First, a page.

Paint is a truly versatile material which, provided you have time and patience on your side, allows you to create a huge range of decorative effects for relatively little cost.
Trompe Voeil painting has a lineage almost as long as the history of painting. Although it tends to bring to mind the grandiose ceilings of Italian palazzi or mural schemes in the great country houses, this is nothing more than a great misconception. The term means ‘an accomplished visual trick’ – and whether you want to reproduce a vista on a wall, or a grisaille frieze, or an eighteenth-century ‘book door’, or the effect of tiles or marble, sandstone or granite, troinpe voeil is the name of the game. It is merely a question of playing a witty visual trick on the passer by.
Successful trompe Voeil painting requires a substantial level of skill, but the finished result is worth the work. You can expand a small space or contract a large one, you can even create an Aegean view in the middle of a city, with views of islands across the bay – the stuff of daydreams, the perfect setting for a cosy armchair and a good book.
Painting a mural
Whilst not necessarily possessing the creative or technical abilities of Mantegna, Tiepolo or Veronese, you should not be frightened of trying to create a grand pictorial effect for yourself in your own home. You could add a sumptuous garden view to a windowless room, or create a fantastic landscape mural on an entire wall, or you could complement a simple period scheme with painted architectural detailing: just consider which seems most appropriate to the scale and function of the room. What is more, trompe voeil painting is ideal for having fun; exaggeration and weird perspective may result in a surreal effect, but that may be just what you want -a visual diversion and a talking point!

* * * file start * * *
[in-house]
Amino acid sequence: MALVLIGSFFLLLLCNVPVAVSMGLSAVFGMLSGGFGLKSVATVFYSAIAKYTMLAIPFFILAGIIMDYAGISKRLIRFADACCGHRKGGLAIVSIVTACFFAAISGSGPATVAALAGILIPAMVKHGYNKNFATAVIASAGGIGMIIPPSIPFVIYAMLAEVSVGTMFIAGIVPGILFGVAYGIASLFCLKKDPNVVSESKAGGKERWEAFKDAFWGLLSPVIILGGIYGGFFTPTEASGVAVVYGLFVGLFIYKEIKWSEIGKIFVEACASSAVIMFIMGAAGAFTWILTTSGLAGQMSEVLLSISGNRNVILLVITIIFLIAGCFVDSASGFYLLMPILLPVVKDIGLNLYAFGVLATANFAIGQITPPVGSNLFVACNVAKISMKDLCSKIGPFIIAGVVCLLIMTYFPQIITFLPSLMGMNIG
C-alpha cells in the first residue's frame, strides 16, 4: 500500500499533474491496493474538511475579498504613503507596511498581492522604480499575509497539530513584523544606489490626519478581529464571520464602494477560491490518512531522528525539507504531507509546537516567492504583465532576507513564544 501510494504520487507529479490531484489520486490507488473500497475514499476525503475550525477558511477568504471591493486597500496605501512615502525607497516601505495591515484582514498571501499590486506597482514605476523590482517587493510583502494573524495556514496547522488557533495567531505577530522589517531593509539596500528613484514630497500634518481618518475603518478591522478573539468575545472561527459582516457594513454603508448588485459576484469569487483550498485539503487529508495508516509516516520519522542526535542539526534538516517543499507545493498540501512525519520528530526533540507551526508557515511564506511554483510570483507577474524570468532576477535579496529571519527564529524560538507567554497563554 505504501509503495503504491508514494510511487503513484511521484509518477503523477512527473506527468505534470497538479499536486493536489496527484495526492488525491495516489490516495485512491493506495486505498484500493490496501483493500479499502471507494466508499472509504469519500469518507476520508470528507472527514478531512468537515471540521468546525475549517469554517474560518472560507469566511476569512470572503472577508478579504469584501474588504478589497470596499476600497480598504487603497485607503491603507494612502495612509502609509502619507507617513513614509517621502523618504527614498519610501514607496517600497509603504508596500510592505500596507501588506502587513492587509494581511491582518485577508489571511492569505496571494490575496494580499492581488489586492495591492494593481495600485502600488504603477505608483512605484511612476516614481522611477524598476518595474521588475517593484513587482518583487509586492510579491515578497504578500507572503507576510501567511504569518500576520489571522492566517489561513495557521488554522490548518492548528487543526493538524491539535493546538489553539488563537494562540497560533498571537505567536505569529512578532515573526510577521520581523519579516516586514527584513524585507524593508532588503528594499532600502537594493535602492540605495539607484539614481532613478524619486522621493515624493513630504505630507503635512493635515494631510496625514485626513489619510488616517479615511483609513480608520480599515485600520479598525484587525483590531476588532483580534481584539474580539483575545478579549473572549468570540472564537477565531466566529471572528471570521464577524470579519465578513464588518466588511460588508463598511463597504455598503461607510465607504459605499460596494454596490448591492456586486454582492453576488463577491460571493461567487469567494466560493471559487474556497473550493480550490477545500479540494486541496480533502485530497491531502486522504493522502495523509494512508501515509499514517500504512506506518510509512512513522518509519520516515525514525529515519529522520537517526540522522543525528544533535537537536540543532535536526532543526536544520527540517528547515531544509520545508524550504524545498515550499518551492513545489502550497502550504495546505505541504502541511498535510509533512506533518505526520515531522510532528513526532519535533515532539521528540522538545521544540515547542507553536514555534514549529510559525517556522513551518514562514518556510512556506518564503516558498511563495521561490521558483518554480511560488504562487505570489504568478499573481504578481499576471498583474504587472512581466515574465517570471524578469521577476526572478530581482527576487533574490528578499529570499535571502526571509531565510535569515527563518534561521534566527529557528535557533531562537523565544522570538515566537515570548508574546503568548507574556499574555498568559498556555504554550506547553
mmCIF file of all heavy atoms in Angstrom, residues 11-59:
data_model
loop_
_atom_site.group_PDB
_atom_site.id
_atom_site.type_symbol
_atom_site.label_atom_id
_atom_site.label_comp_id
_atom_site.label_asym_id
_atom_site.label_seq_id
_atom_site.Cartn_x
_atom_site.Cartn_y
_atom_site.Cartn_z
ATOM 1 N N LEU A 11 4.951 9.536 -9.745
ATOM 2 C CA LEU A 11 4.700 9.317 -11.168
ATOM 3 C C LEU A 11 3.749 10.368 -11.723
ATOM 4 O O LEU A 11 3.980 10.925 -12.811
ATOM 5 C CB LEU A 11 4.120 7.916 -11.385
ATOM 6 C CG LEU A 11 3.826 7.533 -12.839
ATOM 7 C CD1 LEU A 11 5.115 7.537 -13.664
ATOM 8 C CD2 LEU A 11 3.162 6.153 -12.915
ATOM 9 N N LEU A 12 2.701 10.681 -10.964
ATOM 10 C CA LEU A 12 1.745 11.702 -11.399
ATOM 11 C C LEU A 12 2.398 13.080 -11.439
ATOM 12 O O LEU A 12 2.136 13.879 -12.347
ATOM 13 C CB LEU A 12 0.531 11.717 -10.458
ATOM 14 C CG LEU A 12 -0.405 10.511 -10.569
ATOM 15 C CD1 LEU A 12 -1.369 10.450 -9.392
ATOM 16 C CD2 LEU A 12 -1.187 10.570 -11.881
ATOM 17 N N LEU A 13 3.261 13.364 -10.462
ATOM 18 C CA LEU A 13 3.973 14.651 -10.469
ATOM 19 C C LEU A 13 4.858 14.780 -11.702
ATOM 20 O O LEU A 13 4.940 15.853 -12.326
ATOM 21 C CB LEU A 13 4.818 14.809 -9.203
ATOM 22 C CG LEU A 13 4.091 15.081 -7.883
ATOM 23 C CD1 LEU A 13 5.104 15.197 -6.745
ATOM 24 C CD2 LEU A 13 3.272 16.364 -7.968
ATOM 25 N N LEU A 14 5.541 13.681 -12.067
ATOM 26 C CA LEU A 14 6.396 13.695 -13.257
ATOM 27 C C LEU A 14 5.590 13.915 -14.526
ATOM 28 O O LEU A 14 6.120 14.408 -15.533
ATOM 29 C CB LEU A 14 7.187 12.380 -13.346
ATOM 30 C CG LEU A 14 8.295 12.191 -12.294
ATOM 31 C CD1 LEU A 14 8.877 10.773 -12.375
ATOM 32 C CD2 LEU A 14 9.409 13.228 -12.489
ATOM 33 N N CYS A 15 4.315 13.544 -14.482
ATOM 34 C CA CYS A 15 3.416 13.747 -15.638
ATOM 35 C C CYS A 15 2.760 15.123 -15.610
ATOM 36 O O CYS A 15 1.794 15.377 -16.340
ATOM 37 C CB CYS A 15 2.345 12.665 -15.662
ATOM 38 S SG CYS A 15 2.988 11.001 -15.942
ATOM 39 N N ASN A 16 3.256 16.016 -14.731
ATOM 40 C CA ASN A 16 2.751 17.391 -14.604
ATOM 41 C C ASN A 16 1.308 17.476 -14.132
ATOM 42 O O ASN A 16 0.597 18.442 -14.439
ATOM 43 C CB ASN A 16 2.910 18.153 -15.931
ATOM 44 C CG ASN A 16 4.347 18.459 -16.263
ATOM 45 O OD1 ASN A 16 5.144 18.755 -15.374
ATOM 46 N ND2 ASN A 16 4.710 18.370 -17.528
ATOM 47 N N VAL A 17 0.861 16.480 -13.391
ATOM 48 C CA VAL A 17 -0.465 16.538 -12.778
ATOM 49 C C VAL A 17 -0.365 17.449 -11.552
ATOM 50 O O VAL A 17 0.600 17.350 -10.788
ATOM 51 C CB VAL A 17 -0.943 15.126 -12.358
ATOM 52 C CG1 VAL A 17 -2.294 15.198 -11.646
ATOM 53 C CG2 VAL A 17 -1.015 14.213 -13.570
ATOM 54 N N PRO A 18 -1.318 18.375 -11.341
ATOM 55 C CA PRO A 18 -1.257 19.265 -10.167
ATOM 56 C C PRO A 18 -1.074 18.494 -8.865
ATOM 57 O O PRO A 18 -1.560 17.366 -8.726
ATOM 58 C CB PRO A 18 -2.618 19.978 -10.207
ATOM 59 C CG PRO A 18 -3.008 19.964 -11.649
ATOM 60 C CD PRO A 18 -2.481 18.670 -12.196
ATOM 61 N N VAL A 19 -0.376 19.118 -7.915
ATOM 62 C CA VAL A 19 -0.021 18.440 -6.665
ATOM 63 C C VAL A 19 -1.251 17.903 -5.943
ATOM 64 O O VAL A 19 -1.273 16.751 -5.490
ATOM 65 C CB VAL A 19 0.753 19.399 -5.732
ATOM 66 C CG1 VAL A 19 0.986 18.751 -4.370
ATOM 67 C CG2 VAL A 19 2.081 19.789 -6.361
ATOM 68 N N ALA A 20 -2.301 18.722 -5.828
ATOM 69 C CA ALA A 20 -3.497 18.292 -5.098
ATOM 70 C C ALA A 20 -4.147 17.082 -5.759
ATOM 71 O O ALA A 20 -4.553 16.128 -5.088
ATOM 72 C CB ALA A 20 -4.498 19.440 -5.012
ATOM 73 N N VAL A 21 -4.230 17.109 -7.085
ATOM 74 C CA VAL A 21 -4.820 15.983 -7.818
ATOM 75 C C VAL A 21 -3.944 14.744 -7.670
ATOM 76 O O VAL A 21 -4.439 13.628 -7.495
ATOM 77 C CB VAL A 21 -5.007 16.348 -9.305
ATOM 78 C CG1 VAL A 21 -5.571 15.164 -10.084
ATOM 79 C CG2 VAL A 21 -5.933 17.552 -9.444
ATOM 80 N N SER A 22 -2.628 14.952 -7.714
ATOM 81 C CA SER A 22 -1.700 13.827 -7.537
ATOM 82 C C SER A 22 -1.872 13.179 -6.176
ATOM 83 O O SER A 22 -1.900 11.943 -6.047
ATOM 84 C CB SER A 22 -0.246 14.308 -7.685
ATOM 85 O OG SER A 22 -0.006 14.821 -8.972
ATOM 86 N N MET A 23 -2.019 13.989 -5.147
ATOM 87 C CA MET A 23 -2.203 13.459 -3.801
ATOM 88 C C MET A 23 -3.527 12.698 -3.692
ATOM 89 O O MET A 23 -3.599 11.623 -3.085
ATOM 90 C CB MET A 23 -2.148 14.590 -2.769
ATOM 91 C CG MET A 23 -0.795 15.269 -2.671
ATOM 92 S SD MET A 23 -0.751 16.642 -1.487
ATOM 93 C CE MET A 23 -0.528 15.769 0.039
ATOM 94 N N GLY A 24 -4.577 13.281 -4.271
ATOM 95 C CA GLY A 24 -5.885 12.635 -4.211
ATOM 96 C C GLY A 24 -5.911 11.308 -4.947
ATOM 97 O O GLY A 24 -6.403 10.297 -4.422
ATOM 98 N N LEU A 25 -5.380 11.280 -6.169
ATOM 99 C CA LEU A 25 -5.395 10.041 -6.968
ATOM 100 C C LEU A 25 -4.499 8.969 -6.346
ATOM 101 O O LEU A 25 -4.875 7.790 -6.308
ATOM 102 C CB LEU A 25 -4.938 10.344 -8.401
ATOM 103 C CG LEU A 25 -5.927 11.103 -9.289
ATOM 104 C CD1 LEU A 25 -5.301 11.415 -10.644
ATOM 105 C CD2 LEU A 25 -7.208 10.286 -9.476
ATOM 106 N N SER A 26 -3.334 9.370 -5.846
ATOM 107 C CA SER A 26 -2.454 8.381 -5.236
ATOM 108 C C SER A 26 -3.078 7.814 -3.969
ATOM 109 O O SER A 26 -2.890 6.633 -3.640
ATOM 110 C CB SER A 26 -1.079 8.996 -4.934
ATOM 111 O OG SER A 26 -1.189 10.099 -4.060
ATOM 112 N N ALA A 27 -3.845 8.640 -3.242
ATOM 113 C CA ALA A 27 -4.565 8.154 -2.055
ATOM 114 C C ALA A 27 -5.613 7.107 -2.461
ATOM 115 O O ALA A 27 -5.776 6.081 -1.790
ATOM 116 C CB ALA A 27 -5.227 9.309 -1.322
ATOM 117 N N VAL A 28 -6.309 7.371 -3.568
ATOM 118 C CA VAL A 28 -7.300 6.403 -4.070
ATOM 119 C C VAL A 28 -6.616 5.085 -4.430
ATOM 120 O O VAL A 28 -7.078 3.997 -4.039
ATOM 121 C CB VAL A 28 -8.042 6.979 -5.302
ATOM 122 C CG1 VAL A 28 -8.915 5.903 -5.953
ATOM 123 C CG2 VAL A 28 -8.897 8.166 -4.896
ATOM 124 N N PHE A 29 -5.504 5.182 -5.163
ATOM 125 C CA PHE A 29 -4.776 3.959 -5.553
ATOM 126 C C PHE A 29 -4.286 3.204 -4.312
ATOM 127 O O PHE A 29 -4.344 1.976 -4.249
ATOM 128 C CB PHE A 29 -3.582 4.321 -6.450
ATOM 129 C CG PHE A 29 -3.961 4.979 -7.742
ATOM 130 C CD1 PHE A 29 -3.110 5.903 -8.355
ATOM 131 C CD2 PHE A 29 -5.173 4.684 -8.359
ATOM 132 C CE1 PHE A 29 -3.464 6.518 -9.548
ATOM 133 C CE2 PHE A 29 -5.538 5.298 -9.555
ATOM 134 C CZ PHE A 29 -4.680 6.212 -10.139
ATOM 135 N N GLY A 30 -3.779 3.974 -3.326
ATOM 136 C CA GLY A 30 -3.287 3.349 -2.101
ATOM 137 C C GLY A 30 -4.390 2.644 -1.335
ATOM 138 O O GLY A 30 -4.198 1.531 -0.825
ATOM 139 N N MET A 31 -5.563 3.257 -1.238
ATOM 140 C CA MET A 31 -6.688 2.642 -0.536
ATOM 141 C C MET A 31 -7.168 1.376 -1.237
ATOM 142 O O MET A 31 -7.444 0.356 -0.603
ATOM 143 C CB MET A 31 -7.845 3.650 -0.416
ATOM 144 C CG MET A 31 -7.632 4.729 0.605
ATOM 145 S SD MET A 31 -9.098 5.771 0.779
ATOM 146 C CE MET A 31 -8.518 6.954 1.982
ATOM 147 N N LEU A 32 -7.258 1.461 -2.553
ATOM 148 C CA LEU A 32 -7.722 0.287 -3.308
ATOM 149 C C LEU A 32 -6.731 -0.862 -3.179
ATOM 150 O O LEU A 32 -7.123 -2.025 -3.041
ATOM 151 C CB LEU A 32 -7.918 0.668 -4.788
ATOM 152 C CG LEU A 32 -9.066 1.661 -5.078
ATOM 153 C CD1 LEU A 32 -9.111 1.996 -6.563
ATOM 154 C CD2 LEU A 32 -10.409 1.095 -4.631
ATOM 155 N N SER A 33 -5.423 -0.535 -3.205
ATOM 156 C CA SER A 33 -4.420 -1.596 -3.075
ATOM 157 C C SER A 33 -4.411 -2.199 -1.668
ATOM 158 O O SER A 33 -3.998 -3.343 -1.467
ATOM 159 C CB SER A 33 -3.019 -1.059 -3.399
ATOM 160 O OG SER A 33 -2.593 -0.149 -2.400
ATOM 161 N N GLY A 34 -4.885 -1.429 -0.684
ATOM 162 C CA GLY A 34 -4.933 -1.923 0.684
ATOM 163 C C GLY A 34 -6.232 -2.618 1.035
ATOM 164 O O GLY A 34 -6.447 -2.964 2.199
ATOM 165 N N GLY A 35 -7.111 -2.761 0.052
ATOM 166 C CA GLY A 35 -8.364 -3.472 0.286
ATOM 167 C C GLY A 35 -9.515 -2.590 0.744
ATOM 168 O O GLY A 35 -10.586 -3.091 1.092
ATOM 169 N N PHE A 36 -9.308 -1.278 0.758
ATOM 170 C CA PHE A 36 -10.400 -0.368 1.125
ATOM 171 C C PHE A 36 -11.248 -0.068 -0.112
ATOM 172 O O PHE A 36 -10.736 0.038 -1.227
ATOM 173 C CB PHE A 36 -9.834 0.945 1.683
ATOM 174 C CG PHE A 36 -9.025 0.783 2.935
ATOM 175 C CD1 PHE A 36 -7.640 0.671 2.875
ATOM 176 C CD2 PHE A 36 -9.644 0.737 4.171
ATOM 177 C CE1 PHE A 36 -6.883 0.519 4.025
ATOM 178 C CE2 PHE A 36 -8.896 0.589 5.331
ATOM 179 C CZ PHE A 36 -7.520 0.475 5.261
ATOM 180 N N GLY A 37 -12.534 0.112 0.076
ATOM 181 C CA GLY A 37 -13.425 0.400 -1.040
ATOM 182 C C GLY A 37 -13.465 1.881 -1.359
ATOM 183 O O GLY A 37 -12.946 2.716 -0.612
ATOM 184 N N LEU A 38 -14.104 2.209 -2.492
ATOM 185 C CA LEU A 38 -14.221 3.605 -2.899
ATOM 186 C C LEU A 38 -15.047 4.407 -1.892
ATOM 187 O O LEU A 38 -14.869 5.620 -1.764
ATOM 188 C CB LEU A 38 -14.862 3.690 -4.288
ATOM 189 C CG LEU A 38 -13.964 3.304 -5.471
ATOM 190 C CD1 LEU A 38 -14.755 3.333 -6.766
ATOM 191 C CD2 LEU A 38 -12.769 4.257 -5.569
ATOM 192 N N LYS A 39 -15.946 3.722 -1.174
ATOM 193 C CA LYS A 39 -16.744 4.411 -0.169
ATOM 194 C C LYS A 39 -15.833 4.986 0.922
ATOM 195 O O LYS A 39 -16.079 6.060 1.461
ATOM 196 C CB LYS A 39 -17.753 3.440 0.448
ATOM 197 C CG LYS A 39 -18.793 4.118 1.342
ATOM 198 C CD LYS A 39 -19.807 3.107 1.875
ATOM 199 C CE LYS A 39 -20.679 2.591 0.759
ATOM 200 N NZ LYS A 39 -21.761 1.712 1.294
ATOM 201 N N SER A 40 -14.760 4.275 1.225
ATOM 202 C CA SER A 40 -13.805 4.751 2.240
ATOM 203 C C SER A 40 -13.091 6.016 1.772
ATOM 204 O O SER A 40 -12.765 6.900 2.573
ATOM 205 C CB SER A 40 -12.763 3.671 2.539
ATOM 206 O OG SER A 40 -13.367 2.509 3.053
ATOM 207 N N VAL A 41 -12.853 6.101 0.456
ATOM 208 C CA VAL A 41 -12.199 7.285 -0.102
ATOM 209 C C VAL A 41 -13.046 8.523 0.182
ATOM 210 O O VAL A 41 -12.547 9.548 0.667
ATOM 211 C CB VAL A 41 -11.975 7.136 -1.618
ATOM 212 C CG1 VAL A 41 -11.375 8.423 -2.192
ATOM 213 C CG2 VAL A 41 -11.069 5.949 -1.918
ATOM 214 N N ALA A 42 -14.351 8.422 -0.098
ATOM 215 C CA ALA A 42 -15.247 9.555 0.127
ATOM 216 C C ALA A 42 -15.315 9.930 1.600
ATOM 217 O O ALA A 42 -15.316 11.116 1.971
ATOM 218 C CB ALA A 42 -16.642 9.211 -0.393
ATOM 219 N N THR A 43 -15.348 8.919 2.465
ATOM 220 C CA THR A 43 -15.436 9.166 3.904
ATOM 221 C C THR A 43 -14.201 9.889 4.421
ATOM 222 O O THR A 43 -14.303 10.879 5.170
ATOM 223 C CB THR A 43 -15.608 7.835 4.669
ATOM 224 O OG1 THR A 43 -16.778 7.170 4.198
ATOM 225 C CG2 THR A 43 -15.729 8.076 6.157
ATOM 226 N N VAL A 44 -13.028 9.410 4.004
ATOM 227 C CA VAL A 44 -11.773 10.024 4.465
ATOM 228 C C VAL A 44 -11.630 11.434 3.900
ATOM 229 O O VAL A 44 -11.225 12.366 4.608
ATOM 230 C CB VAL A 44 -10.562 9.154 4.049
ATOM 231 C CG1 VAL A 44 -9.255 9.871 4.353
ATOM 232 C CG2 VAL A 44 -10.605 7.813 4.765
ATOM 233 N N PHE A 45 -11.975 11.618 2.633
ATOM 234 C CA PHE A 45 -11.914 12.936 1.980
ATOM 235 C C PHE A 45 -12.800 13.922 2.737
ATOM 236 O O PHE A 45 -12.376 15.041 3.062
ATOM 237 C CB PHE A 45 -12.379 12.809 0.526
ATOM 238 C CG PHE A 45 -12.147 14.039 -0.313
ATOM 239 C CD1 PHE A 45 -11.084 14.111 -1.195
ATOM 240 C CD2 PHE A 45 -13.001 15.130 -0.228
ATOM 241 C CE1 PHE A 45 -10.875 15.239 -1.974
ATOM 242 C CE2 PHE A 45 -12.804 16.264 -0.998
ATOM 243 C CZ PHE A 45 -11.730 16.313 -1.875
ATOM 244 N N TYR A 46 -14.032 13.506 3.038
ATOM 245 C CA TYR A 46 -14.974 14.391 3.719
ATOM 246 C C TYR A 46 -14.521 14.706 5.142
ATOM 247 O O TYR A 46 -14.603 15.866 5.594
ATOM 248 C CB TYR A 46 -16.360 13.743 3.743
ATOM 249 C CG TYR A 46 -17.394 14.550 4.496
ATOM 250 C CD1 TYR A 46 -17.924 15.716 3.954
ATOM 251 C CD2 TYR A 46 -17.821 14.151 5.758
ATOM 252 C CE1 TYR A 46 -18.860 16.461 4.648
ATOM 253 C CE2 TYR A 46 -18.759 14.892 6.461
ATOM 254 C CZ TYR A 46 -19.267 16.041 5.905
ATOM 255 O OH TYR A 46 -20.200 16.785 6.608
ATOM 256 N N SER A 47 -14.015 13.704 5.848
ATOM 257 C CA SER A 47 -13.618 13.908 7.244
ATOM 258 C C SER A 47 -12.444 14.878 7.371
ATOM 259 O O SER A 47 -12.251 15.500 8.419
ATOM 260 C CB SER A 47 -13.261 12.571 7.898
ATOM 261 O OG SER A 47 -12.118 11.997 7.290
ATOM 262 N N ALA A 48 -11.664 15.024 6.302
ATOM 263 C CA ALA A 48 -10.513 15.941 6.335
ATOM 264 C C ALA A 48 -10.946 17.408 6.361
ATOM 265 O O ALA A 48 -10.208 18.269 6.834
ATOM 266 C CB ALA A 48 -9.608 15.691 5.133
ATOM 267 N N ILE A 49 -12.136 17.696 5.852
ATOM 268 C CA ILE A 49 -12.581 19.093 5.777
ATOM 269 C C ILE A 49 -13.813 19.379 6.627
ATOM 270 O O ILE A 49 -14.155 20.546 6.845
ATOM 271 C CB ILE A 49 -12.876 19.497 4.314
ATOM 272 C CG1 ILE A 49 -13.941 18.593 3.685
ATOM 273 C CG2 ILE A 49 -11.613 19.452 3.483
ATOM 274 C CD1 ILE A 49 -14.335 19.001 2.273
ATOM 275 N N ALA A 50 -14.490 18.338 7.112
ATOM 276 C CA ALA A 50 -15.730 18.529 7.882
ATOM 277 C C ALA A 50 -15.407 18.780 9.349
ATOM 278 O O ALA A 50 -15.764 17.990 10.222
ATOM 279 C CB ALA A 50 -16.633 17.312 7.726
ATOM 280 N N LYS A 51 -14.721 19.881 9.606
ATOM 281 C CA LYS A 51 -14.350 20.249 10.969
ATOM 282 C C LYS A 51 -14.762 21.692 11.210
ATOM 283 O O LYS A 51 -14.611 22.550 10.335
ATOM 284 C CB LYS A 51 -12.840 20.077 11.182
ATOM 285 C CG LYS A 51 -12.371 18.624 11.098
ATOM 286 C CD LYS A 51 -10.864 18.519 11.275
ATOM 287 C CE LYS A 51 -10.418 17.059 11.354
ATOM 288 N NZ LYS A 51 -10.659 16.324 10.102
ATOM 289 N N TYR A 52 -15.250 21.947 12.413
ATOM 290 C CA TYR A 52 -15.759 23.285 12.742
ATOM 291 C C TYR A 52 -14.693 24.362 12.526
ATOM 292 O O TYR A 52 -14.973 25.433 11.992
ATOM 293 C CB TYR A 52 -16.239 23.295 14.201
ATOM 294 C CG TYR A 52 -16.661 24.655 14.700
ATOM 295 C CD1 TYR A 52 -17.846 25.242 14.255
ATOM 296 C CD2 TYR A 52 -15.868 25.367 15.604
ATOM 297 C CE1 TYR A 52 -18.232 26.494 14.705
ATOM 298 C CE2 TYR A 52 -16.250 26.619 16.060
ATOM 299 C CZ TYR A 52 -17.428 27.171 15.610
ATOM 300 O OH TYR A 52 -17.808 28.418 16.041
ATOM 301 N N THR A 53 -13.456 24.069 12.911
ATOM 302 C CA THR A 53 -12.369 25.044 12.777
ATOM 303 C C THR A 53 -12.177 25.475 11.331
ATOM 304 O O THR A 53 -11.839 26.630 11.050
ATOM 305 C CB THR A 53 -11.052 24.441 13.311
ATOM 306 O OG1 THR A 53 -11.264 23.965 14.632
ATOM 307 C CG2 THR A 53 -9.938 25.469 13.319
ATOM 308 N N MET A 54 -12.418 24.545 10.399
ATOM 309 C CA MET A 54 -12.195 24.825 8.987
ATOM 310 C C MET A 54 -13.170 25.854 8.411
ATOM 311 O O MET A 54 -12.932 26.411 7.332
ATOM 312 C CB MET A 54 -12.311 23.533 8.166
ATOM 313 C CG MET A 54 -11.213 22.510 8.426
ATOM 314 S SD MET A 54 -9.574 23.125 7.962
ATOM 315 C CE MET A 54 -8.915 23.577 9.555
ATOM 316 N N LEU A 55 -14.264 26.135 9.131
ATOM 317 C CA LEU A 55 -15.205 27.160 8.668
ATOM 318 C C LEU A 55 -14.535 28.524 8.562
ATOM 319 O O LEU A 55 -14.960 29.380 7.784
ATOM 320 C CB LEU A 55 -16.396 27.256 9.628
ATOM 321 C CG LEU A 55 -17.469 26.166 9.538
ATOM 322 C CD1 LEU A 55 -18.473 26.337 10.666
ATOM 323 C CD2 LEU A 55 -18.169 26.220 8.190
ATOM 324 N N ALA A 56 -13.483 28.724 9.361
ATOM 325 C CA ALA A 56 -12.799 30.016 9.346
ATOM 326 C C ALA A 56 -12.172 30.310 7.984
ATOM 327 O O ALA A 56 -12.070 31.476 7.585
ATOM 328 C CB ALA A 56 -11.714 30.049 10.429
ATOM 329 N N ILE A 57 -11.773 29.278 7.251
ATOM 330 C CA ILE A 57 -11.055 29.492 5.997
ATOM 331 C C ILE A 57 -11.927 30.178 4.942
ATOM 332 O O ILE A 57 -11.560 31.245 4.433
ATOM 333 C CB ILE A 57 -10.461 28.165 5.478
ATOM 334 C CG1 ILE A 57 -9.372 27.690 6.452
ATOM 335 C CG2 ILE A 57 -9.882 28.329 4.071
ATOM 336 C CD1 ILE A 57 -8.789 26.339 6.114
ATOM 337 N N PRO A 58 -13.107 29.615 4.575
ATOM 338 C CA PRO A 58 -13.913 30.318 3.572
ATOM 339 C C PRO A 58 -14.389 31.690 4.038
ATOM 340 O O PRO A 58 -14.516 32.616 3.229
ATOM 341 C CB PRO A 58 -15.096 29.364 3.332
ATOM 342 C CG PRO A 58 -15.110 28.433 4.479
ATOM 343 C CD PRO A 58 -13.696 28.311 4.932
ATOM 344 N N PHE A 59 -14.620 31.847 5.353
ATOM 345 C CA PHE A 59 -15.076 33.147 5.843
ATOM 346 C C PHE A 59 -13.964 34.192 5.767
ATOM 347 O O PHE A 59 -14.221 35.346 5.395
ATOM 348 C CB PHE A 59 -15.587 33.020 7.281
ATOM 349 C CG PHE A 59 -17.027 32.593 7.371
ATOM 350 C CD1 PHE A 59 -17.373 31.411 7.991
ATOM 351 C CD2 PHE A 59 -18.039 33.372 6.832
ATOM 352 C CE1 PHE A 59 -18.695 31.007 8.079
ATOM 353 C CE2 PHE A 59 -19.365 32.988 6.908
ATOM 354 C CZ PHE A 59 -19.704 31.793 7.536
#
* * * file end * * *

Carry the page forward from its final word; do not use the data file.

Perhaps you have been inspired by an illustration in a book or magazine; in a way this would be an easier course to pursue than working from scratch if your artistic skills are limited because all the basic techniques of copying an image from a book are relatively easy to master. Someone else has done the difficult bit, making all the elements of the image work together; all you need to do is scale up the image to fit the chosen site.
The first thing to do is to trace the design onto tracing paper using pen or pencil and then draw a grid over it, numbering each square. Next, draw a grid directly onto the wall, with the same number of squares, numbered to correspond with your original grid.
It is worth remembering to prepare your wall with a base coat of paint before you transfer your design. Then copy the traced design closely onto the wall in pen or soft pencil, using the grid to guide you. Work square by square; it may help to look at each square as a series of abstract lines, rather than as part of the whole scheme; you can always soften up the junctions between the squares once you have copied all of them. It may help also to fix the traced design onto the wall using masking tape as a constant reference; you should always stand back and take stock as you work. Do not pay too much attention to detail at this stage as you only want a sketched guide. If you define everything too rigidly, you will find it very difficult to paint freely and this will most likely result in a stiff, lifeless design. Once your sketch exists, start painting and be bold!
If you are not confident about your technique with a paintbrush, do not struggle with an ambitious project in the vain hope of producing a masterpiece. Try decoupage to recreate decorative plasterwork rather than trying to reproduce a Renaissance frieze freehand. If you have access to a photocopier and your desired motif is reasonably small-scale, it is obviously very easy to enlarge or shrink a design mechanically, and to repeat a motif for a border. Or mock up panels using stone-effect paper, antiquing it with a tinted glaze.
In a kitchen or bathroom, it might be more appropriate to think simple, and to use a small radiator roller to create a quick and effective tile effect. Load the roller evenly and paint rows of tiles – either horizontally or as diamonds – leaving a grout space between each tile’ for a more realistic look.